The Fall: A Father’s Memoir in 424 Steps
By Diogo Mainardi
Translated from the Portuguese by Margaret Jull Costa
Other Press, 2014
166 pages, $14.99
Reviewed by Nathan Leslie



  1. Diogo Mainardi’s son Tito has cerebal palsy.
  2. Diogo Mainardi has written a compelling memoir, The Fall: A Father’s Memoir in 424 Steps in 424 brief snippets (steps) about his son’s cerebral palsy—all of which is really less about his son’s cerebral palsy, per se, and more about the author’s riffs on his son’s cerebral palsy. This is one of those books. You know the type—The Curious Incident of the Dog in the Nightime, How Proust Can Change Your Life. Pomo as hell—with a list structure at the core, multiple visual implants, graphs, asides, connections, allusions, footnotes. It pushes the envelope, but in a congenial, easily-digestible manner.
  3. The author riffs wide and far—Rembrant, Vincent Price, Neil Young, John Ruskin, Christy Brown, The Pogues, X-Box (Assassin’s Creed II), Hitchcock, Abbott and Costello, and so on.
  4. At 166 pages, the book is a quick read. One could likely finish the entire kit and caboodle waiting for the dermatologist.
  5. Initially Mainardi sounds a bit callous, though “bristling” may be a better word. Annoyed. Peeved, even.
  6. However, his memoir generally moves from anger to acceptance to a kind of blissful happiness.
  7. The listing technique is effective in that it captures Tito’s steps (the number thereof) as he walks with his father through Venice. Venice plays a key role in this memoir. However, the steps are a chance for the father to ruminate. He ruminates quickly.
  8. The beach of Ipanema, Rio de Janeiro also plays a key role.
  9. Mainardi’s riffs are frequently circular in nature, like running jokes. One of the repeated concepts is blaming Tito’s cerebral palsy on ______________ (as in, fill in the). Pietro Lombardo, an amnihook (he explains), Napoleon. And so on.
  10. Another circular riff connects the author to an artist or architect or significant famous person in terms of their equivalent devotion/fascination. #129: “I am the Claude Monet of cerebal palsy. Tito is my water lily.” #119: “I am the Simon Wiesenthal of cerebral palsy. Josef Mengele is dead. Tito is alive.” Like that.
  11. The author also riffs recurrently on food that killed significant famous people (Christy Brown’s pork chop, for instance), falling, and of course, toward the end of the book especially the process of walking.
  12. The repetition is meant to reflect the circularity of Tito’s story, which it does. It circles and circles and circles. It may also grow tiresome or gimmicky to certain readers.
  13. Mainardi is a proud father, as indicated by the many pictures of his son—often walking.
  14. This is not a politically correct book. The author refers to his son as “a cripple” and “deformed.” He is not unloving, just making a point by leaving his words unminced. The point has to do, it seems, with how those of less than “normal” physical or mental capacities were treated in the past—he lingers on the Third Reich and Ezra Pound’s vile quotations in particular.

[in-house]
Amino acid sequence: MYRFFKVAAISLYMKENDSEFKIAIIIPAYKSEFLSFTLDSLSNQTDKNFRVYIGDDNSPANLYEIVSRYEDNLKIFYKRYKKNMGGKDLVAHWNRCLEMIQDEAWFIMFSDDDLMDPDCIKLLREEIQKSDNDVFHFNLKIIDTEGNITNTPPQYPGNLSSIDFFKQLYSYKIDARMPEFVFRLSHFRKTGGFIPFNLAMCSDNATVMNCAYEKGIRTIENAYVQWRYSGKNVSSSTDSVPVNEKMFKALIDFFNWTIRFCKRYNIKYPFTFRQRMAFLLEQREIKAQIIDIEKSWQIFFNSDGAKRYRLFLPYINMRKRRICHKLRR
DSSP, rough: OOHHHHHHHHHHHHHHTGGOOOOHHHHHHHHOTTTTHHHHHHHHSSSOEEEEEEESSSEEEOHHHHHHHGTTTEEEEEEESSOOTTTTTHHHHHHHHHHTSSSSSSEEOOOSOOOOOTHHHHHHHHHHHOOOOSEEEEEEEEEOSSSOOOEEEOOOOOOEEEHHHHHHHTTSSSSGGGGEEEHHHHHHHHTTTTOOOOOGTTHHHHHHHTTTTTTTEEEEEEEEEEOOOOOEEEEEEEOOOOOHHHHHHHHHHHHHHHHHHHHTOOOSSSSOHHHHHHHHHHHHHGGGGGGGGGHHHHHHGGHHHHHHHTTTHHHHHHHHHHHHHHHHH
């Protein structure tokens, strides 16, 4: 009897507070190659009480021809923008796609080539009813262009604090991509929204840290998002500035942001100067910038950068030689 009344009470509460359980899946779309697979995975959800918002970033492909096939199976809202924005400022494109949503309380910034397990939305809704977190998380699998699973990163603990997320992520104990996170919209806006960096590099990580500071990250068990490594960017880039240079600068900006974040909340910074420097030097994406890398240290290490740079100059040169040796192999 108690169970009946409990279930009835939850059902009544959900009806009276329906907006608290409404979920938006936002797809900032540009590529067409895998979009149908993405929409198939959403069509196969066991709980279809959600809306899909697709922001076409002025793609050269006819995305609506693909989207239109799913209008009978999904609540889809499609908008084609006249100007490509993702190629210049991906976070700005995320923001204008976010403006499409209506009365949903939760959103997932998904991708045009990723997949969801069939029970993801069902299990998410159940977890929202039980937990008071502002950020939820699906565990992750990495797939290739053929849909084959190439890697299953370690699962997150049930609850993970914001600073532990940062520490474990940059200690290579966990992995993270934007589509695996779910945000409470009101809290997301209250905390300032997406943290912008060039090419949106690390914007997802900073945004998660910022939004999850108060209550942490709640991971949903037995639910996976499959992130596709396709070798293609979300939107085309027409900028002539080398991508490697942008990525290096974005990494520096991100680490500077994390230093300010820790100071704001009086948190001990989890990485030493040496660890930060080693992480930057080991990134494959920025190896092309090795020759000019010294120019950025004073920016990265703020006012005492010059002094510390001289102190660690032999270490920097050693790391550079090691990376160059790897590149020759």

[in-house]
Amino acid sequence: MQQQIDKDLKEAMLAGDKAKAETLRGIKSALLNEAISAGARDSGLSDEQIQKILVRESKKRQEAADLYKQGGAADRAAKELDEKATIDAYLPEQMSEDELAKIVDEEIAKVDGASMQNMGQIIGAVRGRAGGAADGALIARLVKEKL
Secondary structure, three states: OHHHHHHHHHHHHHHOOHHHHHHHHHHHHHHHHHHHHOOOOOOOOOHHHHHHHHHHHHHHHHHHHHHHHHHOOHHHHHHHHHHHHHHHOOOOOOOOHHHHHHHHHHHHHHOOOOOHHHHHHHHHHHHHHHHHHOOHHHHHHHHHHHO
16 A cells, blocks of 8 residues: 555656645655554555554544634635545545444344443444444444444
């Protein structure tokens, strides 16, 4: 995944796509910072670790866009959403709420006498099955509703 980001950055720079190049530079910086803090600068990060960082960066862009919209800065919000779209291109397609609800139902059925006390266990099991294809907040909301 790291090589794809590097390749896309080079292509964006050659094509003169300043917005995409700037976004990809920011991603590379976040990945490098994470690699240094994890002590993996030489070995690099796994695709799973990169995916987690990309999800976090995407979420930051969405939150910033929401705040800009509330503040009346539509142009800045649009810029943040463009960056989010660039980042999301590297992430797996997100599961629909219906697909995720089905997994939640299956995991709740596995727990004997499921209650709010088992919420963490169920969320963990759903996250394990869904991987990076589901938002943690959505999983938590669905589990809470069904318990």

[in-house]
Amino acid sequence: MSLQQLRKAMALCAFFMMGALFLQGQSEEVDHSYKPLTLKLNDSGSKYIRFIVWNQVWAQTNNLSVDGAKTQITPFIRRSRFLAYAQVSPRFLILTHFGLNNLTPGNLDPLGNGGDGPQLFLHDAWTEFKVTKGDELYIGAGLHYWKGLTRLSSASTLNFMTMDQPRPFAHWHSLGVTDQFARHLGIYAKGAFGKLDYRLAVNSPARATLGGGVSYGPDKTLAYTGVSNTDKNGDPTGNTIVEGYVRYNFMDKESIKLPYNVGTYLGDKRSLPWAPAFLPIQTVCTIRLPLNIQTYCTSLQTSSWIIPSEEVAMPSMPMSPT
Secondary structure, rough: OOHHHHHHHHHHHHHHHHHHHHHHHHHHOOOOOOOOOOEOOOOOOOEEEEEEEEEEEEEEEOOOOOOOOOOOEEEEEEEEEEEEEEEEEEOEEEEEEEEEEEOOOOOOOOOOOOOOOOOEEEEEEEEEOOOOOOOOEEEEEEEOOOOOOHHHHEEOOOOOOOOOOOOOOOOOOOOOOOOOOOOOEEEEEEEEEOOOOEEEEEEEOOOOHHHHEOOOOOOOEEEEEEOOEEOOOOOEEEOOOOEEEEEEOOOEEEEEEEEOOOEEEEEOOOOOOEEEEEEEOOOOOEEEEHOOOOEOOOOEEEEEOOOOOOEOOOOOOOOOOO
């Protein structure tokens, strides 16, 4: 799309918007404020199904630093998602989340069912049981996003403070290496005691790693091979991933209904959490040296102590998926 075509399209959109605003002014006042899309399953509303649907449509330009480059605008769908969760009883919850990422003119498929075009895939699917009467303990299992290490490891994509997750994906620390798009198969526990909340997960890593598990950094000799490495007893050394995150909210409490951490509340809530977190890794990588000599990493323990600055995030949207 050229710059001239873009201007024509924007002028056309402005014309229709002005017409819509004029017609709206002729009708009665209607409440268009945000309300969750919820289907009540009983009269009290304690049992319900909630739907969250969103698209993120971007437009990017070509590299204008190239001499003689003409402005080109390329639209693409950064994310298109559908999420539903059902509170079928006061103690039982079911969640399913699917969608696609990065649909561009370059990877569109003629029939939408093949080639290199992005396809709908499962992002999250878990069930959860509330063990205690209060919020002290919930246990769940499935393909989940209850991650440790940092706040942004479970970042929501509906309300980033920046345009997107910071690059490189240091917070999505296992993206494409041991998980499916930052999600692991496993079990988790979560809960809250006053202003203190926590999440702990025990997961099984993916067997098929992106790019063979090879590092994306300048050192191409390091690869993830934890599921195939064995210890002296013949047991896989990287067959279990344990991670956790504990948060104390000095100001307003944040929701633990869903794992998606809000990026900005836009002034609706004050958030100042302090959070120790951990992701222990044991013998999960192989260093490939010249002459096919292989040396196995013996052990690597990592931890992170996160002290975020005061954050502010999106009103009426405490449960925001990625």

15. In a previous era, Tito would not be allowed to live, the author makes clear. “In one of his experiments, Josef Mengele selected two boys—one of whom was disabled—and cut them in half lengthways with a scalpel. Then he sewed one child to the other: back to back…as if they were Siamese twins.” One of these unfortunate children was also named Tito.
  16. The book is inventive and quirky, qualities I enjoy especially in an author with whose work I am unfamiliar. The book stayed with me, left a pleasant aftertaste.
  17. The allusions and connections mirror the process of surfing the web. We never stay with one thought too long, but rather bounce around. The numbered “steps” are like so many abbreviated Wikipedia entries, blended with the author’s experience with his son. And like the Internet, The Fall is highly visual and acquiescent.
  18. I was glad to read Mainardi refer to the issue of exploitation in the latter stages of the book. Throughout the first portion of The Fall a queasy feeling kept bubbling up in my intestinal regions and I didn’t have a name for it. But when Mainardi mentioned the E word, the pieces came together for me. “I exploited Tito’s cerebral palsy and I continue to exploit it,” he writes.
  19. He comes to this realization, in particular, when reflecting on Rembrandt, who the author claims similarly exploited his son Titus—Rembrandt’s primary model for portraits. Mainardi’s means of exploitation have to do with using his son as the subject matter for his weekly column in a Brazilian periodical. Also, this book.
  20. It is important that Mainardi acknowledges this—he is nothing if not honest throughout The Fall. Whether it is true or not is up to the reader, but at least he points to the possibility. And it is a possibility.
  21. The conclusion of The Fall leaves the reader with the strong impression that the author has transcended his anger at his son’s condition and entered a period of full embrace. “Fatherhood became my ideology,” he writes.
  22. This is less a study of the experience of cerebral palsy—either for Tito or his son and more a reflection about the historical and personal context around Tito’s condition.
  23. If you want the former, Mainardi has certainly given the reader a working bibliography.
  24. The Fall is a compelling read and I recommend it, if for nothing more than a taste of something different. Form meets function In Mainardi’s The Fall—quite well indeed.